Introduction to Indian textiles
Textiles have a long and distinguished history in the Indian sub-continent. The technique of mordant dyeing, which gives intense colours that do not fade, has been used by Indian textile workers since the second millennium BC. Until at least the 18th century, India was able to produce technically much more advanced textiles than Europe could.
Consuming South Asian textiles
Indian textiles were valued for a variety of reasons in 19th-century Britain. They were prized as symbolic trophies of Britain's empire in India and examples of its material resources, and were also admired as models of good design and inspiration for both manufacturers and consumers.
Circulating South Asian textiles
While recent histories have emphasised the role of imperial authority in shaping the V&A's South Asian collections, the Museum's original objective was the general improvement of taste, part of what Henry Cole saw as the task of civilising the modern age, a 'great and sacred mission'.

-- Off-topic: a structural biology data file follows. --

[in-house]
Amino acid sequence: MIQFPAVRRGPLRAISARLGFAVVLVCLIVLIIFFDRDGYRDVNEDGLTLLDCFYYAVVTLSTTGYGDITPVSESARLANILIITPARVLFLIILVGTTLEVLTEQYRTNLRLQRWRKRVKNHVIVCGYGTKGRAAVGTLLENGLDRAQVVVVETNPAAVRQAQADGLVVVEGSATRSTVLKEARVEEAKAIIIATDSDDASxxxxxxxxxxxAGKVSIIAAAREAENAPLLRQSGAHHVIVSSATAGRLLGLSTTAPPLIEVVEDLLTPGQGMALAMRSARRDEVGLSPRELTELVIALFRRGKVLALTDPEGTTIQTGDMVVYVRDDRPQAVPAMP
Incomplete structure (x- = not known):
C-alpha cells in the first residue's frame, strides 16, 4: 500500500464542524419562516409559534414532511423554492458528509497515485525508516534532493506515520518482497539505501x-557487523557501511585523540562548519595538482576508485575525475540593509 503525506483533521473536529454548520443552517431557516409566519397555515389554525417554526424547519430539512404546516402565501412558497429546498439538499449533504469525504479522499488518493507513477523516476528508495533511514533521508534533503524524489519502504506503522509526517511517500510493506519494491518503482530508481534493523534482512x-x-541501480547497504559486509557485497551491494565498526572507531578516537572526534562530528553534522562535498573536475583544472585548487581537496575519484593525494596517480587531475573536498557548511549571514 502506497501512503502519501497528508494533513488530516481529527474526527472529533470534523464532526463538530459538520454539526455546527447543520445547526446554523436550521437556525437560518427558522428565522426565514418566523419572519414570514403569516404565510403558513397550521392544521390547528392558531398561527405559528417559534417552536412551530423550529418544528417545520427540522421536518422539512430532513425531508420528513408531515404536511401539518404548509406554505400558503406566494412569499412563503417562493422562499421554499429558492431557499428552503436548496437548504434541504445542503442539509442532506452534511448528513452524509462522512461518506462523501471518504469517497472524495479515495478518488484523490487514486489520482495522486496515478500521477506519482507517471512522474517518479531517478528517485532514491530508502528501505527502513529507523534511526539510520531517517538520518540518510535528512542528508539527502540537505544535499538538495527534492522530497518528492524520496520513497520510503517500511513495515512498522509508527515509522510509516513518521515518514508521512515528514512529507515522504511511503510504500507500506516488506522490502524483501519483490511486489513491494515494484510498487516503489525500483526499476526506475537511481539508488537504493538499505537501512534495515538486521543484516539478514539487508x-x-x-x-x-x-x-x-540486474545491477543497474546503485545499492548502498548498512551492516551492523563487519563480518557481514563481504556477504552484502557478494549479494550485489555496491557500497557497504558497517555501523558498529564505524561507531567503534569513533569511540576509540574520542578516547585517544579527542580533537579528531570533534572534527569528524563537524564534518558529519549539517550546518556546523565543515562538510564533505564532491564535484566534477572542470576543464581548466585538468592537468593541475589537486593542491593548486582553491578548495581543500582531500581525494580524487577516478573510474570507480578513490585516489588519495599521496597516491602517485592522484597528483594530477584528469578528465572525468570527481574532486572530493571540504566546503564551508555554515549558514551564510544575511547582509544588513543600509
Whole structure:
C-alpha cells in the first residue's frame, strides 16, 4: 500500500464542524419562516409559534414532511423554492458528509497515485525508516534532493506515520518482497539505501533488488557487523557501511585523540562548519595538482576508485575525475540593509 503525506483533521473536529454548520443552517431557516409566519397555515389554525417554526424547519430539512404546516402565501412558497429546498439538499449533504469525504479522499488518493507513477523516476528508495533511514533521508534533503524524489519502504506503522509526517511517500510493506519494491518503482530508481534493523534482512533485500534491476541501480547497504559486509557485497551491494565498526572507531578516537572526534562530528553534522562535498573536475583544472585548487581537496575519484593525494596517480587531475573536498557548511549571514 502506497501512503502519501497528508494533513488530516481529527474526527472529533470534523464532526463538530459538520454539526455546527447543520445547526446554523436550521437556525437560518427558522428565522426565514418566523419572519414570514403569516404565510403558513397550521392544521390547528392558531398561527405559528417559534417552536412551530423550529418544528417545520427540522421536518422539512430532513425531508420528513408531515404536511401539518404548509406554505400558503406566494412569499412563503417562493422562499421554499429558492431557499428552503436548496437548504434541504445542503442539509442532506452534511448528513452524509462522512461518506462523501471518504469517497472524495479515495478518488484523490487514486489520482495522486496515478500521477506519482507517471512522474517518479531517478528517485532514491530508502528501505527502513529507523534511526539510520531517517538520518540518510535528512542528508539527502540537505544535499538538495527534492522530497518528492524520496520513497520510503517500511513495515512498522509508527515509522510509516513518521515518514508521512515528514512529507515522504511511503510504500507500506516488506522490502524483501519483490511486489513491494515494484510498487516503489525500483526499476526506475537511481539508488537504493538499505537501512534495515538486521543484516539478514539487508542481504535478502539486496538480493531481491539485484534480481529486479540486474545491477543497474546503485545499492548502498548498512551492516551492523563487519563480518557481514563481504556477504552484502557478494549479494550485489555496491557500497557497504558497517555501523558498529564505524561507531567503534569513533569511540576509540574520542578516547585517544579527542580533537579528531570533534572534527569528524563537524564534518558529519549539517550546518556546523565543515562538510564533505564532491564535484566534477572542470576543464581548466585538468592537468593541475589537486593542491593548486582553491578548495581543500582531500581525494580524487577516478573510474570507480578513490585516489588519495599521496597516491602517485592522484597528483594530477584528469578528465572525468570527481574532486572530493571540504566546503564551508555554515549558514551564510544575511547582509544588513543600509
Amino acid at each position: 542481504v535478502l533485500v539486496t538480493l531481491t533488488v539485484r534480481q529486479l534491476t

Indian textiles & Empire: John Forbes Watson
John Forbes Watson's (1827-1892) idea for 'portable industrial museums', led to the publication of The Collections of the Textile Manufactures of India in 1866, eighteen volumes of mounted and classified samples of Indian textiles containing seven hundred examples in all.
Indian textiles & Empire: Owen Jones
The 1852 Great Exhibition, held in London's Hyde Park, was the first of a series of international exhibitions to be held in major world cities. It provided the British public's first major exposure to artefacts and natural products from the Indian subcontinent, which formed part of the colonial displays.